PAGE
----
Revolutionising choice and control

NHS England’s Director of Personalised Care discusses why the health and care system needs to work with the innovative approaches that come from communities to ensure as many people as possible benefit from personalised care:

Universal Personalised Care, published this week, follows the NHS Long Term Plan and seeks to revolutionise the choice and control that people have over their health and care.

At its centre is our Comprehensive Model, bringing together six evidenced-based interventions so personalised care can be implemented at scale across the health system.

From the very beginning, the model was built through coproduction with a wide array of partners. We worked with communities and individuals with lived experience right across the country to discover what matters to them, what works and doesn’t work, and how the individual components should be implemented. Partners from local government, big and small voluntary sector organisations, and bodies that represent clinicians and professionals have also been centrally involved.

The model represents a bottom up drive to create opportunities for health that places people and communities at its heart, while tapping into the great work that is already happening and the resulting evidence base.

Starting with people and communities is a key part of how we will need to implement the model. The focus for individuals is the question ‘what matters to you’, not just ‘what’s wrong’.  When local areas begin to adopt the model, asking ‘what matters to us’ is essential.

However, to enable adoption across the whole country, we must take this bottom up creation and frame it clearly and simply.

That’s why we have set out 21 actions to ensure everyone can benefit from the learning process that others have been through. We have created standard operating models and common frameworks – not because we want to impose a top down, one-size-fits-all approach, but because we want to ensure that the ‘bottom up’ gains the traction it deserves.

Take Social Prescribing for example, one of the six components of the model. Some have argued that this, and the recruitment of 1,000 link workers, is an example of the NHS encroaching into space that should be filled by communities. They worry the language is over medicalised, and ask why people need to be connected to community activities by GPs.

One answer is that for many people, GPs are their most familiar contact in their communities. They know the GP is there and available to them – so we are going to where many people already go.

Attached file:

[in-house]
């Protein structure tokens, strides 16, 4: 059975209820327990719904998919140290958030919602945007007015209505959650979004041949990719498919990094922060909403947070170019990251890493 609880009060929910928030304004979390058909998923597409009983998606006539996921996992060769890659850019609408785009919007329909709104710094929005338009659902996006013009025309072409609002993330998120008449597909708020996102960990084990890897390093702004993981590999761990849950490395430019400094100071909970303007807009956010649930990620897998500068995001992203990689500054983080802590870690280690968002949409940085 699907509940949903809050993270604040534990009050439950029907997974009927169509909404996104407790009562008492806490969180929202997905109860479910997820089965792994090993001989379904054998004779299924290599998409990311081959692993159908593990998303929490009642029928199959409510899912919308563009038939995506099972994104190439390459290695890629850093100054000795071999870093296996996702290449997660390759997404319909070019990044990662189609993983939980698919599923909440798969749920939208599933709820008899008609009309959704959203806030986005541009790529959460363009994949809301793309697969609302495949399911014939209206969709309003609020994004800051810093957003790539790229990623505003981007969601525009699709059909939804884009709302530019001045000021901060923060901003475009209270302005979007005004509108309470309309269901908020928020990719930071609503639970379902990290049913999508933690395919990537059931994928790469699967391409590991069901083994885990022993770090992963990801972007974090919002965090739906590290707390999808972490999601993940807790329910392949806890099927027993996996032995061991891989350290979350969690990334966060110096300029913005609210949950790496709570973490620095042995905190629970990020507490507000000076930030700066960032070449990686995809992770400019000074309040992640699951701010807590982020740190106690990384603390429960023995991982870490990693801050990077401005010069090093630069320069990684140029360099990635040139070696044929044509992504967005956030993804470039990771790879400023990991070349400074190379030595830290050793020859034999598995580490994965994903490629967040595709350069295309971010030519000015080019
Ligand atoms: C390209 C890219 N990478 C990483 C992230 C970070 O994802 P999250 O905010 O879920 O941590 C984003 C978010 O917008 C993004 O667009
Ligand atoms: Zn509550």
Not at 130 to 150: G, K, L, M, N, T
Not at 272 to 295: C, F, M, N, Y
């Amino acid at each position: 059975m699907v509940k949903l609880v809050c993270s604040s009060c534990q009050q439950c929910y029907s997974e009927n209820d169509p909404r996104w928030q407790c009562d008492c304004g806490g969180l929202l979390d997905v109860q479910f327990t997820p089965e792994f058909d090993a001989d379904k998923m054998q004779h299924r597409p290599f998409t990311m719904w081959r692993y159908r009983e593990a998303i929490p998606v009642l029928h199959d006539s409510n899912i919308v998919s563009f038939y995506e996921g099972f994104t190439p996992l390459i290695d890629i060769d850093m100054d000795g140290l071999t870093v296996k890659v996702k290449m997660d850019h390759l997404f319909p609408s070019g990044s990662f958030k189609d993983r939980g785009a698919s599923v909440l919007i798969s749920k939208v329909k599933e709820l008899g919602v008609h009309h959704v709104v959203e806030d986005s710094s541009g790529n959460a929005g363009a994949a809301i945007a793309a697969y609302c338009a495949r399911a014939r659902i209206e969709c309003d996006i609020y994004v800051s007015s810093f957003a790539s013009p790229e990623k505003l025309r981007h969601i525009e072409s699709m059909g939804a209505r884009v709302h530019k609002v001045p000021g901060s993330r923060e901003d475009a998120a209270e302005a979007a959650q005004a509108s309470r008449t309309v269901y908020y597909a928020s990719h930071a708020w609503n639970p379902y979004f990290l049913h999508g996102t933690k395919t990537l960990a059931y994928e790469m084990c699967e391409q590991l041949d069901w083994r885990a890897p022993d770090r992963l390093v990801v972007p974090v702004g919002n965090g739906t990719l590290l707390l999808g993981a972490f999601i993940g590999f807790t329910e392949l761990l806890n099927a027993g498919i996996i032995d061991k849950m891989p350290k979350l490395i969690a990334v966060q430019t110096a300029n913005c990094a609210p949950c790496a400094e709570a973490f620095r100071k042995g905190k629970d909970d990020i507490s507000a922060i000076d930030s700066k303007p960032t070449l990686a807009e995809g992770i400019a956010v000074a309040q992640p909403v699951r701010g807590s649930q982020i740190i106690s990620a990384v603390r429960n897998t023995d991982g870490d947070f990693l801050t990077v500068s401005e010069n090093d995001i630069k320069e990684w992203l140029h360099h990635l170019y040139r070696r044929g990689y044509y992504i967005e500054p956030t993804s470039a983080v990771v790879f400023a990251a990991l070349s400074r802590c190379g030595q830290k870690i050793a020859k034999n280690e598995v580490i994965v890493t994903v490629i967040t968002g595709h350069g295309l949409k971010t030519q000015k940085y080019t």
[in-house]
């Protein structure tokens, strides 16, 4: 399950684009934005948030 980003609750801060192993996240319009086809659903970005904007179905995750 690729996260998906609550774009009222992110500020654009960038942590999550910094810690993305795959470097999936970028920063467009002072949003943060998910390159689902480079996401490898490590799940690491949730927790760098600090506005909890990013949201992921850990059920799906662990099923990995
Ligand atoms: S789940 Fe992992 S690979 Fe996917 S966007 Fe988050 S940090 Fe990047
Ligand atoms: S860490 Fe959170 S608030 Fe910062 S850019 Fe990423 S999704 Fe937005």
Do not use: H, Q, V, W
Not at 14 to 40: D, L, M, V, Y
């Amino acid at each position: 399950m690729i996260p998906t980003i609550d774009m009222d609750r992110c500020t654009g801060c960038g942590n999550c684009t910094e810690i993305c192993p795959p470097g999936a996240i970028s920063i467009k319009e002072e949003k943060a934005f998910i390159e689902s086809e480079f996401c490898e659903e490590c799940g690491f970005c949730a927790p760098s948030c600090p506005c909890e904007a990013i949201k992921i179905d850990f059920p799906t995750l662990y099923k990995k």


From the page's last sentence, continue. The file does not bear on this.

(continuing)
We also know that at least one in five appointments with GPs are about issues that aren’t purely medical. Social prescribing is such a vital development because it explicitly recognises that what keeps us well isn’t just medical, but social as well.

It’s also important to point out that social prescribing is offered alongside other medical treatment options for people who have physical or mental health conditions. People won’t lose the existing clinical support they need. Although one of the benefits of social prescribing is that often the symptoms improve sufficiently to require fewer clinical interventions.

Universal personalised care recognises many link workers are already in close partnership with social workers, occupational therapists and other health and care professionals.  There isn’t any intention to replicate or diminish their important work – only to strengthen the commitment to supporting people to connect to their community, to develop a plan based on ‘what matters to me’ with a trusted and skilled advisor towards activities that will help support their physical and mental health needs.

My view is that we need the system and communities to come together. We need both the complexity of models and processes from the health and care system to ensure we distil the best outcomes we can; and to work alongside the innovative approaches that come from within communities so that these can spread to every part of the country.

Universal Personalised Care is a solution built from the ground upwards, and our implementation plans will focus on continuing to work with people and communities to seek the most effective ways of making it work. Whilst language is important, the time has surely come to be getting on with delivering something together, based on the fantastic work already happening.

This is an opportunity to embed personalised care that many people have been working for a long time to achieve. We, alongside many others, are seizing the moment, and working towards building the future many have long been advocating for.

James Sanderson

James Sanderson is the Director of Personalised Care at NHS England where he leads on a range of programmes that are supporting people to have greater choice and control over their health and wellbeing. James also became the CEO to the National Academy for Social Prescribing (NASP) in 2019 where James leads on creating partnerships, across the arts, health, sports, leisure, and the natural environment, alongside other aspects of our lives, to promote health and wellbeing at a national and local level. View the NASP strategy.

James joined NHS England in November 2015 and was formerly the Chief Executive and Accounting Officer for the Independent Living Fund (ILF). The ILF was an arm’s length body of the DWP and supported disabled people across the whole of the UK to live independent lives through the provision of direct payments enabling the purchase of personal assistance support.

Prior to joining the ILF in 2002, James had a career in the motor industry within a number of sales and marketing roles, in both corporate and retail environments. James is a performing arts graduate with a background in community theatre.

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